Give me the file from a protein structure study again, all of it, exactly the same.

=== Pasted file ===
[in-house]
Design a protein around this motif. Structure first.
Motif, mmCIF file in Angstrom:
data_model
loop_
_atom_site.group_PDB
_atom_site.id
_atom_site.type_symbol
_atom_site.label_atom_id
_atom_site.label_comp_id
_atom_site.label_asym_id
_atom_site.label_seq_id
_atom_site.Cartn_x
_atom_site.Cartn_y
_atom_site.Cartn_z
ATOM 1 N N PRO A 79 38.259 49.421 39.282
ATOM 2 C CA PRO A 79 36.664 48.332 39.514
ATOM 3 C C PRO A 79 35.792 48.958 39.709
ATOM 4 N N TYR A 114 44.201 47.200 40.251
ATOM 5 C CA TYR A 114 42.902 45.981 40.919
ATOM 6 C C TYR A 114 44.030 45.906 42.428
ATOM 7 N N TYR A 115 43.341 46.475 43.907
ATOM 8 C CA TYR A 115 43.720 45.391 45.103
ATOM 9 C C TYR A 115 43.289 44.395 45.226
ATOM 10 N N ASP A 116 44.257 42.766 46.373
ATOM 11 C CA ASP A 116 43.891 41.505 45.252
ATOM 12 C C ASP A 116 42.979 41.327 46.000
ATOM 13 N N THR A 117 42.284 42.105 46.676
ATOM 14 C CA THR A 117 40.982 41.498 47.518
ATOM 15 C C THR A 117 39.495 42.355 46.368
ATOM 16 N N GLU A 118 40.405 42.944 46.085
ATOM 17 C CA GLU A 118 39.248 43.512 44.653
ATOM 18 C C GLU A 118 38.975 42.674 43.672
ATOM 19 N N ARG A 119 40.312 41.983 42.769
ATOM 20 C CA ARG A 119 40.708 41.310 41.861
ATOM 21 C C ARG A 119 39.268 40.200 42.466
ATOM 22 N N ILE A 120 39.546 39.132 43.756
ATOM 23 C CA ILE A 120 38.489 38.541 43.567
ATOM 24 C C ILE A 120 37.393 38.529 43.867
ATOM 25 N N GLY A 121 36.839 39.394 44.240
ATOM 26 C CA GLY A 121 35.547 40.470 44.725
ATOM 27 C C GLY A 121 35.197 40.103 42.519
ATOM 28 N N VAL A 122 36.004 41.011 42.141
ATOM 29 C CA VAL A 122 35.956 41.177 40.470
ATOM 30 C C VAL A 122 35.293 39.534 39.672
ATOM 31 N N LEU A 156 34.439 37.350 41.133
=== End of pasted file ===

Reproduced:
[in-house]
Design a protein around this motif. Structure first.
Motif, mmCIF file in Angstrom:
data_model
loop_
_atom_site.group_PDB
_atom_site.id
_atom_site.type_symbol
_atom_site.label_atom_id
_atom_site.label_comp_id
_atom_site.label_asym_id
_atom_site.label_seq_id
_atom_site.Cartn_x
_atom_site.Cartn_y
_atom_site.Cartn_z
ATOM 1 N N PRO A 79 38.259 49.421 39.282
ATOM 2 C CA PRO A 79 36.664 48.332 39.514
ATOM 3 C C PRO A 79 35.792 48.958 39.709
ATOM 4 N N TYR A 114 44.201 47.200 40.251
ATOM 5 C CA TYR A 114 42.902 45.981 40.919
ATOM 6 C C TYR A 114 44.030 45.906 42.428
ATOM 7 N N TYR A 115 43.341 46.475 43.907
ATOM 8 C CA TYR A 115 43.720 45.391 45.103
ATOM 9 C C TYR A 115 43.289 44.395 45.226
ATOM 10 N N ASP A 116 44.257 42.766 46.373
ATOM 11 C CA ASP A 116 43.891 41.505 45.252
ATOM 12 C C ASP A 116 42.979 41.327 46.000
ATOM 13 N N THR A 117 42.284 42.105 46.676
ATOM 14 C CA THR A 117 40.982 41.498 47.518
ATOM 15 C C THR A 117 39.495 42.355 46.368
ATOM 16 N N GLU A 118 40.405 42.944 46.085
ATOM 17 C CA GLU A 118 39.248 43.512 44.653
ATOM 18 C C GLU A 118 38.975 42.674 43.672
ATOM 19 N N ARG A 119 40.312 41.983 42.769
ATOM 20 C CA ARG A 119 40.708 41.310 41.861
ATOM 21 C C ARG A 119 39.268 40.200 42.466
ATOM 22 N N ILE A 120 39.546 39.132 43.756
ATOM 23 C CA ILE A 120 38.489 38.541 43.567
ATOM 24 C C ILE A 120 37.393 38.529 43.867
ATOM 25 N N GLY A 121 36.839 39.394 44.240
ATOM 26 C CA GLY A 121 35.547 40.470 44.725
ATOM 27 C C GLY A 121 35.197 40.103 42.519
ATOM 28 N N VAL A 122 36.004 41.011 42.141
ATOM 29 C CA VAL A 122 35.956 41.177 40.470
ATOM 30 C C VAL A 122 35.293 39.534 39.672
ATOM 31 N N LEU A 156 34.439 37.350 41.133